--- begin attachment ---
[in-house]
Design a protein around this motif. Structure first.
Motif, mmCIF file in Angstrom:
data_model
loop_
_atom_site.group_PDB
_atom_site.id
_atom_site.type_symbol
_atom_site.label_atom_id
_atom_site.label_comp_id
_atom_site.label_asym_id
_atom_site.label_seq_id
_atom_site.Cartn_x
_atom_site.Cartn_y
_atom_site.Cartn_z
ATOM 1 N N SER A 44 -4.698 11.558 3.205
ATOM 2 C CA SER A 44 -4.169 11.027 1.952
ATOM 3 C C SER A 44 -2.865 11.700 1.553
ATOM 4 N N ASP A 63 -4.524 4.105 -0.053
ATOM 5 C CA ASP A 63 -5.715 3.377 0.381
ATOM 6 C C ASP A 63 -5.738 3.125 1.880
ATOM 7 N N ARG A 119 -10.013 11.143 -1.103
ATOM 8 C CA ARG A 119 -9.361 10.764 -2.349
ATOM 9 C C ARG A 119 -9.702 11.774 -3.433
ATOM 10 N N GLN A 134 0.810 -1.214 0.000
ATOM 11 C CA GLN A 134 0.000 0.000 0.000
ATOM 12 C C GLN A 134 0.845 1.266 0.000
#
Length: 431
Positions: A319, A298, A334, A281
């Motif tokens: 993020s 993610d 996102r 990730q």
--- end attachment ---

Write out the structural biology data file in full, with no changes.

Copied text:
[in-house]
Design a protein around this motif. Structure first.
Motif, mmCIF file in Angstrom:
data_model
loop_
_atom_site.group_PDB
_atom_site.id
_atom_site.type_symbol
_atom_site.label_atom_id
_atom_site.label_comp_id
_atom_site.label_asym_id
_atom_site.label_seq_id
_atom_site.Cartn_x
_atom_site.Cartn_y
_atom_site.Cartn_z
ATOM 1 N N SER A 44 -4.698 11.558 3.205
ATOM 2 C CA SER A 44 -4.169 11.027 1.952
ATOM 3 C C SER A 44 -2.865 11.700 1.553
ATOM 4 N N ASP A 63 -4.524 4.105 -0.053
ATOM 5 C CA ASP A 63 -5.715 3.377 0.381
ATOM 6 C C ASP A 63 -5.738 3.125 1.880
ATOM 7 N N ARG A 119 -10.013 11.143 -1.103
ATOM 8 C CA ARG A 119 -9.361 10.764 -2.349
ATOM 9 C C ARG A 119 -9.702 11.774 -3.433
ATOM 10 N N GLN A 134 0.810 -1.214 0.000
ATOM 11 C CA GLN A 134 0.000 0.000 0.000
ATOM 12 C C GLN A 134 0.845 1.266 0.000
#
Length: 431
Positions: A319, A298, A334, A281
């Motif tokens: 993020s 993610d 996102r 990730q």